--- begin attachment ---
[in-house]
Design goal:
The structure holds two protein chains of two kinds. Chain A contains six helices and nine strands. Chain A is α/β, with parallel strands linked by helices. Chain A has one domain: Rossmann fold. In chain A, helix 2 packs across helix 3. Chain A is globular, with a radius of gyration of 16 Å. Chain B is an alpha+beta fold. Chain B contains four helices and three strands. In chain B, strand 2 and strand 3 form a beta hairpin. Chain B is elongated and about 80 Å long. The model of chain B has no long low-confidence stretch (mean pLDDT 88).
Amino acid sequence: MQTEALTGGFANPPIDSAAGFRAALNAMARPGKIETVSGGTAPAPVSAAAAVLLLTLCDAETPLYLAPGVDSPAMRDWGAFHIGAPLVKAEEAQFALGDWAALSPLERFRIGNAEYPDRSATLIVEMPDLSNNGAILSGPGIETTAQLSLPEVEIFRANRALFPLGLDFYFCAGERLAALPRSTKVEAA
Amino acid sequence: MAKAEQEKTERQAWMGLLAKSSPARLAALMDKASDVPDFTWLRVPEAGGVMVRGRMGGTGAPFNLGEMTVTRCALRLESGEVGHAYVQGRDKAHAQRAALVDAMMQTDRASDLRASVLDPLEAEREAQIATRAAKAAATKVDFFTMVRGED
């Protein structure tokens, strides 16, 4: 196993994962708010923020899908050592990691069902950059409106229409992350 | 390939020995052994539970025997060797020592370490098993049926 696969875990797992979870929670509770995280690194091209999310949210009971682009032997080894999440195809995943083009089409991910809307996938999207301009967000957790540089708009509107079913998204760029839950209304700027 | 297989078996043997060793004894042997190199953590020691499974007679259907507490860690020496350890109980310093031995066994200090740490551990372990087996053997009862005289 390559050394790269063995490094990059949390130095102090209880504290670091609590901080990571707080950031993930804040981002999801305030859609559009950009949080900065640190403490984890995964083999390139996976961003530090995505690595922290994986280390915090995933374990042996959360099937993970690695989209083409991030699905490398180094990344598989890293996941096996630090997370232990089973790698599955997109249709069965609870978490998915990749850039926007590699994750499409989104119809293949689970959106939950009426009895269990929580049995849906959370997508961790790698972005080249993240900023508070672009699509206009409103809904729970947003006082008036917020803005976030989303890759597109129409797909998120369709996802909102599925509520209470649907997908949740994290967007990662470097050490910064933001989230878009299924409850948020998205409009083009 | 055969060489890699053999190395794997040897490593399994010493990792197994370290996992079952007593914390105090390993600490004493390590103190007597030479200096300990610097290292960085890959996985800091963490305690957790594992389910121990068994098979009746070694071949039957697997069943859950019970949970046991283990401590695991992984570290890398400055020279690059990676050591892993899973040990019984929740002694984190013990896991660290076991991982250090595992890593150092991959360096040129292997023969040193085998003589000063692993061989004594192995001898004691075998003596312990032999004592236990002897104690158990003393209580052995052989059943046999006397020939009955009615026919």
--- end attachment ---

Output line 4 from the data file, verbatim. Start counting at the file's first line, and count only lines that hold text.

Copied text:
Amino acid sequence: MQTEALTGGFANPPIDSAAGFRAALNAMARPGKIETVSGGTAPAPVSAAAAVLLLTLCDAETPLYLAPGVDSPAMRDWGAFHIGAPLVKAEEAQFALGDWAALSPLERFRIGNAEYPDRSATLIVEMPDLSNNGAILSGPGIETTAQLSLPEVEIFRANRALFPLGLDFYFCAGERLAALPRSTKVEAA